TikTok videos have highlighted conditions in Citipups’ two locations amid the ongoing push to get Hochul to veto the bill.

Puppy TikTok.
“Eight-five percent of our business is puppies,” a manager of Citipups said.

Cat TikTok.
Dozens of shops in the five boroughs would be affected by a future ban.

“We’re not saying don’t go to responsible breeders. What we’re saying is where these pet stores get their puppies from are inhumane situations. Puppy mills are inhumane. They breed animals over and over and over again,” said Libby Post, executive director of the New York State Animal Protection Federation.

But doggy dealers have clawed back against suggestions that their stores could easily change their business plans while highlighting the efforts they have made to avoid buying animals from questionable sources.

TikTok videos featuring fun-loving pups are one way Ortiz has highlighted conditions in Citipups’ two locations amid the ongoing push to get Hochul to veto the bill.

Linda Rosenthal.
Assemblywoman Linda Rosenthal is “optimistic” that Gov. Kathy Hochul will sign the bill into law.
Stefan Jeremiah
Michael Gianaris.
State Sen. Michael Gianaris co-sponsored the bill with Rosenthal.
Hans Pennink

“Everyone says ‘adopt, don’t shop’ until it’s time to get their dog – then they come to us,” he said Wednesday afternoon while customers eyed heart-melting pups vying for their attention.

Some customers said they prefer spending thousands of dollars on a puppy from a store rather than going through the process of adopting a pet from a shelter where they might have already developed physical or emotional problems.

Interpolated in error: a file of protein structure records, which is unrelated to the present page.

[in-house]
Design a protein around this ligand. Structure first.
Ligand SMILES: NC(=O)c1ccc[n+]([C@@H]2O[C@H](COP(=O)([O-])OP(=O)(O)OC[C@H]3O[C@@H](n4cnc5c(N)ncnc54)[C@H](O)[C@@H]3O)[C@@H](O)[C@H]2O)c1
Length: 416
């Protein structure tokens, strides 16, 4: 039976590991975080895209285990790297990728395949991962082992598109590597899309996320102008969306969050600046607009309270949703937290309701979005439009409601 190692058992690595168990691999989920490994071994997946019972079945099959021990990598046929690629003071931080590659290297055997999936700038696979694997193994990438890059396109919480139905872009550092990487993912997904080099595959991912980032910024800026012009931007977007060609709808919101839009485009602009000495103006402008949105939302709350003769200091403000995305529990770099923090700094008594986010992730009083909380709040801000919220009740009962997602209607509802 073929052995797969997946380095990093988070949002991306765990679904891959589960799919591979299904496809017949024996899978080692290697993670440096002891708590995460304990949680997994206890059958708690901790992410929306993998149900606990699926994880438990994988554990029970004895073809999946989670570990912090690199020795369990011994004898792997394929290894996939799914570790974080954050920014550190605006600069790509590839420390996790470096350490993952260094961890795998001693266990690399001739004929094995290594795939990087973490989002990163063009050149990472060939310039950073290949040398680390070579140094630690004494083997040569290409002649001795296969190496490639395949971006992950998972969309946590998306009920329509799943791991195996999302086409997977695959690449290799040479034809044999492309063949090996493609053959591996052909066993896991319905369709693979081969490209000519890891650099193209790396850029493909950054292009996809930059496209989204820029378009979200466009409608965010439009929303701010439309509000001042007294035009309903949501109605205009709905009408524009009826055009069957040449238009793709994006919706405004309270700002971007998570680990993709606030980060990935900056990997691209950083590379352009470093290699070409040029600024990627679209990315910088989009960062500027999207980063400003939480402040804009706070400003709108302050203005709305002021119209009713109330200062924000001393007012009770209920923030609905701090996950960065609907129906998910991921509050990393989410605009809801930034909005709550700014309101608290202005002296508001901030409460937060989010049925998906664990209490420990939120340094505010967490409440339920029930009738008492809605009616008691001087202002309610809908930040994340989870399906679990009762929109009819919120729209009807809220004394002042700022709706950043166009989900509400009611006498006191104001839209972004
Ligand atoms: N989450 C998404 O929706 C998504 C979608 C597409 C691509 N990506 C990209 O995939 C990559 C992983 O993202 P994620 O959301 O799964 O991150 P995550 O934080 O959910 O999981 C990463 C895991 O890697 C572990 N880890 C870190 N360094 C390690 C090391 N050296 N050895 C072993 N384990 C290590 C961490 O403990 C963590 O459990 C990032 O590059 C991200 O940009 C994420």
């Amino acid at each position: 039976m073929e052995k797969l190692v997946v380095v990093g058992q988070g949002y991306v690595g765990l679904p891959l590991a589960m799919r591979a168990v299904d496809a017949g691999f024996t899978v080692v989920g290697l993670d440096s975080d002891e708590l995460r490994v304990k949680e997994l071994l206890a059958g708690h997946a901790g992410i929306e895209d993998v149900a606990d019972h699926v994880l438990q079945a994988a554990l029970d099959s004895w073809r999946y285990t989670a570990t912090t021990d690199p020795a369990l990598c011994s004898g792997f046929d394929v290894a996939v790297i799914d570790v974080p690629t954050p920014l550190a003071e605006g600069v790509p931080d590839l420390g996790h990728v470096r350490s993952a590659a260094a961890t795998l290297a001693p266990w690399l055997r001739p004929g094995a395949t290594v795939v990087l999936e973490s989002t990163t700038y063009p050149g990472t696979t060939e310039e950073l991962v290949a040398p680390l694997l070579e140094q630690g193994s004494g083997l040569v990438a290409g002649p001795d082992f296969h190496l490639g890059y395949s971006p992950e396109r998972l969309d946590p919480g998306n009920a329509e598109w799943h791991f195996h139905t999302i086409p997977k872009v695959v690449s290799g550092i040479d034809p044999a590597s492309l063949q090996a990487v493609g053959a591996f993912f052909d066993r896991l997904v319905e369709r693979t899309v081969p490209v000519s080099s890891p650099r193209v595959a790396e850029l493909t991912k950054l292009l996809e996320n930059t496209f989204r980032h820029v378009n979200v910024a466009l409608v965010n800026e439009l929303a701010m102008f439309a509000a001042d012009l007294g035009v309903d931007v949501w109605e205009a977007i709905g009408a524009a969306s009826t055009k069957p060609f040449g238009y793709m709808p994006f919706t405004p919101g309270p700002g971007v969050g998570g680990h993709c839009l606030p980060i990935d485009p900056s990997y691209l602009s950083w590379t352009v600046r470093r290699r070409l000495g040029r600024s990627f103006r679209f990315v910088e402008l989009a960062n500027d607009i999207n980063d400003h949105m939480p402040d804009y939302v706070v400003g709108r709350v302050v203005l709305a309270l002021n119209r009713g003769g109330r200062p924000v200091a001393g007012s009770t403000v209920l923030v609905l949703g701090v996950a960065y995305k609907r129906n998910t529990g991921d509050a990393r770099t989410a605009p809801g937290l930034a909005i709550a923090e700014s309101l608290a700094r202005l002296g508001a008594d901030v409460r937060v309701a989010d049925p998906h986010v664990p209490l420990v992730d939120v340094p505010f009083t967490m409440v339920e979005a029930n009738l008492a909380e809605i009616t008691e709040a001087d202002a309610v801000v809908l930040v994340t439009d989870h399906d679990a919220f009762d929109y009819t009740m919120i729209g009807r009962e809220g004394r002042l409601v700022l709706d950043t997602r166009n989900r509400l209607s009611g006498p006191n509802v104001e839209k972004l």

“When you adopt, you want to save them. When you buy a dog, you are getting a fresh start,” Lexi Rosenberg, 22, an assistant planner at a marketing media agency, said while playing with male cavapoo priced at $3,000.

While that 9-week-old pup was too “bitey” for Rosenberg’s tastes, a four-month old cavapoo won over a 20-year-old NYU student named Trista, who dished out $2,495 for the pup who she named “Apricot” at the cash register.

Some pet stores have highlighted the efforts they have made to avoid buying animals from questionable sources.
Some pet stores have highlighted the efforts they have made to avoid buying animals from questionable sources.

Puppy TikTok.
“Everyone says ‘adopt, don’t shop’ until it’s time to get their dog – then they come to us,” the Citipups manager claimed.

Puppy TikTok.
Some customers said they prefer buying a puppy from a store rather than adopting a pet from a shelter where they might have already developed physical or emotional problems.

A shelter dog just wasn’t for her considering the convenience offered by checking out prospective best friends at Citipups over several weeks.

“I could have adopted, but I don’t think I’d find ‘The One’ at a shelter,” she said.

“I know it sounds terrible for me to say, but there’s health risks when you adopt. I don’t think a lot of first time dog owners are going to have the money and time to deal with all the health issues shelter dogs have,” Trista added.